A set of historic wrought-iron gates that were stolen and scrapped from Dundalk's Battle Acre Monument Park will be replaced, Baltimore County officials said Monday.
While residents have been raising money to replace the gates, county officials said Edwin F. Hale Sr., 1st Mariner Bank founder and owner of the Baltimore Blast soccer team, would pay for new gates at the park.
"I'm glad it's being maintained and getting the recognition it deserves," said Hale, who grew up in Dundalk.
The park, where part of the Battle of North Point was fought on Sept. 12, 1814, had fallen into disrepair until recent renovations were begun in advance of September's bicentennial of the battle. As crews worked to renovate the fence in June, two of the gates that had stood there for 100 years were stolen, police said.
The replacement gates are expected to be done before the bicentennial, Del. John A. Olszewski Jr. said.
On Friday, the police department announced that detectives had arrested and charged George Elias Sotirakis, 34, with the theft. He told police the gates were destroyed. Police said Sotirakis was spotted on surveillance video and identified through information from local scrap yards.
A volunteer with Clean Bread and Cheese Creek, a local environmental group whose volunteers regularly clean up local parks and waterways, first noticed the gates were missing in June.
After the gates went missing, the group's president, John Long, said the group posted fliers that got the attention of a witness, who gave police a description of a car that had driven off with the gates.
Sotirakis, of the 2500 block of Woodwell Road, is charged with theft from $10,000 to under $100,000, and has been released on $50,000 bail.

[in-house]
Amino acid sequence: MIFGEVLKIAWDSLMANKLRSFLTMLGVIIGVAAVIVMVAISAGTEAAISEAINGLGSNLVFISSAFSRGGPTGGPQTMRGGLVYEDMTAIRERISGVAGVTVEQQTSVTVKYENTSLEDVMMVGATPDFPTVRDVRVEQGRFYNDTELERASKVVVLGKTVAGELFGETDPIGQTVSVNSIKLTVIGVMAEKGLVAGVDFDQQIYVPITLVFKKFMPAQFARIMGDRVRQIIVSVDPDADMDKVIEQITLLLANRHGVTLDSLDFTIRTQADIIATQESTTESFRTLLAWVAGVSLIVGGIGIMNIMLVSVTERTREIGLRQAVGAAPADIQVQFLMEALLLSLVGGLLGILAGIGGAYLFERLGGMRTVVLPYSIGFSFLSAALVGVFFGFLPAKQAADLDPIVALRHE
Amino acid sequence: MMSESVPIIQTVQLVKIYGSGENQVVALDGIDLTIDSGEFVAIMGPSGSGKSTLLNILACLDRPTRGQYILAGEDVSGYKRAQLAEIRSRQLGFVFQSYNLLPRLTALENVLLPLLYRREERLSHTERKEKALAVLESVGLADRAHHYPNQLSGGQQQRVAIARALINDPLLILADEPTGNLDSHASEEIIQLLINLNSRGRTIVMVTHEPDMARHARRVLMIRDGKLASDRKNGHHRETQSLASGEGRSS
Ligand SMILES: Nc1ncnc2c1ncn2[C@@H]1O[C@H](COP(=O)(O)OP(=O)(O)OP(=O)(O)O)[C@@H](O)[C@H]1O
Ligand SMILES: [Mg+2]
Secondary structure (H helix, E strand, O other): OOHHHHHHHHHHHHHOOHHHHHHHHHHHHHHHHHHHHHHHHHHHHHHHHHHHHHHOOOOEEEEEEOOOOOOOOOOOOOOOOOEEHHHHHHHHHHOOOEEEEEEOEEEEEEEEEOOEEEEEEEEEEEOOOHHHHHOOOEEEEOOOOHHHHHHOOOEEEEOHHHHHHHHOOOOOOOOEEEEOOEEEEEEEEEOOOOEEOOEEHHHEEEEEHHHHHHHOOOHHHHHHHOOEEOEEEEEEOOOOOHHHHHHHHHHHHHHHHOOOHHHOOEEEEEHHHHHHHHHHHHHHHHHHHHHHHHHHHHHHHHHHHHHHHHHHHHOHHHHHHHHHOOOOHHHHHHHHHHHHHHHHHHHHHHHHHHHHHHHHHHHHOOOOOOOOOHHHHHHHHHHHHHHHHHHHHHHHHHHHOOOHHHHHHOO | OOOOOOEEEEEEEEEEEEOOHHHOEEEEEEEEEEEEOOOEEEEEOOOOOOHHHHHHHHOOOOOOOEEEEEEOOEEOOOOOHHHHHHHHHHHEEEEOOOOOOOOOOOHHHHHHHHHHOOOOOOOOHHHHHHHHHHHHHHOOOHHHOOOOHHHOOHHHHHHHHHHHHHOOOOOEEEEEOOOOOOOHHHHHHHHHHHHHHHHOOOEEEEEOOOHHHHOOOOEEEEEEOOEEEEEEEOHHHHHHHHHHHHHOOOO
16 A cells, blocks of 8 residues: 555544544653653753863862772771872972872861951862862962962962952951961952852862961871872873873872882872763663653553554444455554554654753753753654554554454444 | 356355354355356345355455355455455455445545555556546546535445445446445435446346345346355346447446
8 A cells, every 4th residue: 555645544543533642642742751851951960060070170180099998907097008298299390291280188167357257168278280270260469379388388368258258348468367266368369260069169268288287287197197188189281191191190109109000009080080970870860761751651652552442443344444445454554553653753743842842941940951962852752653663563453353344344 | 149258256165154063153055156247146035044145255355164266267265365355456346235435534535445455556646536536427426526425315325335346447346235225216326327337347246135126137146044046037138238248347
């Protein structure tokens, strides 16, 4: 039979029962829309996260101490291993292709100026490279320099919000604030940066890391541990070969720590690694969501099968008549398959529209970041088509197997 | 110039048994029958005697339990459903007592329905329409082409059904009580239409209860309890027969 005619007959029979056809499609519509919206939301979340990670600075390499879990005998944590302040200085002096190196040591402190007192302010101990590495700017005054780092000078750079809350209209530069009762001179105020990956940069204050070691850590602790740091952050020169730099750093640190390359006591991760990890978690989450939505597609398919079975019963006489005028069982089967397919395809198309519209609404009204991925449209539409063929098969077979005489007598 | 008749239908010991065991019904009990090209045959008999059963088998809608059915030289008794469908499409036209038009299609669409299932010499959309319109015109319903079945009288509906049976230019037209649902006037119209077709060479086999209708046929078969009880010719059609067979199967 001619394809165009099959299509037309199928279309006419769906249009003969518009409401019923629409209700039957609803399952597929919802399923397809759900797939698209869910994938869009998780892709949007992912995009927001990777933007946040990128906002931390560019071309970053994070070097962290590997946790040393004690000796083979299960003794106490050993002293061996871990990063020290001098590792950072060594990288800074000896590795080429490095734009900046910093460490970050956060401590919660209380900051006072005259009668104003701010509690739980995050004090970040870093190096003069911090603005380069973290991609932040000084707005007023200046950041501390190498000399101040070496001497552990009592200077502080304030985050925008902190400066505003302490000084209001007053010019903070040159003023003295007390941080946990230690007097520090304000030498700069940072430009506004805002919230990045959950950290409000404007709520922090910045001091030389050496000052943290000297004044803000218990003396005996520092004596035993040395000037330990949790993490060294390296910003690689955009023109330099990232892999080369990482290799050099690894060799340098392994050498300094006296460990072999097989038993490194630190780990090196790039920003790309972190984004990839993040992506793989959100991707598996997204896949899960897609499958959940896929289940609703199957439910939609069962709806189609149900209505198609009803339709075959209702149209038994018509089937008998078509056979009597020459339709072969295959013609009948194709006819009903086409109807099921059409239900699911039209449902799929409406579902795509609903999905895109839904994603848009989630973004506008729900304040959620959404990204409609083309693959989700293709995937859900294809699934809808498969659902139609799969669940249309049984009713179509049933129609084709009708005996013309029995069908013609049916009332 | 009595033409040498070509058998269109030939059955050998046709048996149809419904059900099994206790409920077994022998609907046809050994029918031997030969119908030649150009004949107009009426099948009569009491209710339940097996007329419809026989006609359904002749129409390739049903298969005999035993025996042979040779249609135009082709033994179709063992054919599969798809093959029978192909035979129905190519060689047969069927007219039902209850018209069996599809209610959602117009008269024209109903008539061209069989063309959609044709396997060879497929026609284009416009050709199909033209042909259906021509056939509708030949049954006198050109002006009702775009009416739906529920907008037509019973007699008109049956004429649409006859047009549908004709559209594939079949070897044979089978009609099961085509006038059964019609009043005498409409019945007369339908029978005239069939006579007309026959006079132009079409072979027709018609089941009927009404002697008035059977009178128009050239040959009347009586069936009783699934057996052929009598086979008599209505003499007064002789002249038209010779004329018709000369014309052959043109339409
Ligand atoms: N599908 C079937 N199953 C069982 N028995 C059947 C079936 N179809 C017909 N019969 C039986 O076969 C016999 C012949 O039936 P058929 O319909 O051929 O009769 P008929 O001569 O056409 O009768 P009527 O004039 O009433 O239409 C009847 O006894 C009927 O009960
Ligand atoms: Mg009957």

Police previously charged Sotirakis in a separate case with taking and scrapping more than 100 ladders, mostly aluminum, valued at $4,400, according to charging documents.
"We're very proud that the community came forward and stepped up," Long said. "Dundalk is a very hardworking, blue collar community that is very proud of its history. It's disheartening. He [Sotirakis] only lives a few blocks away from the site, he should know the significance."
Now that Hale will pay for the replacement gates, money from the fundraiser will be used for park upkeep, Long said.
In addition to rehabbing the fence, crews have been building a brick sidewalk and moving the fence line back to improve the safety and appearance of the park, said Joseph "Jay" Doyle, a county project manager, who has been overseeing the project.
Before, the park was littered, overgrown and unsafe, said George Koutsantonis, an owner of Penny's Carryout & Bar next to the park. He said many people walked in the street because the sidewalk was too narrow. Cars hit the fence several times because it was too close to the road.
Koutsantonis hopes the battle site attracts new, frequent visitors, not just for his business but for Dundalk as a whole.
"Dundalk doesn't always get the best reputation," he said. "It may boost the whole community a bit. You have to start somewhere.
Olszewski and his father, County Councilman John Olszewski, reached out to Hale.
"We knew how important those gates are and this project is to the community," he said. "It's reflective of what we do in Dundalk. We take care of each other."
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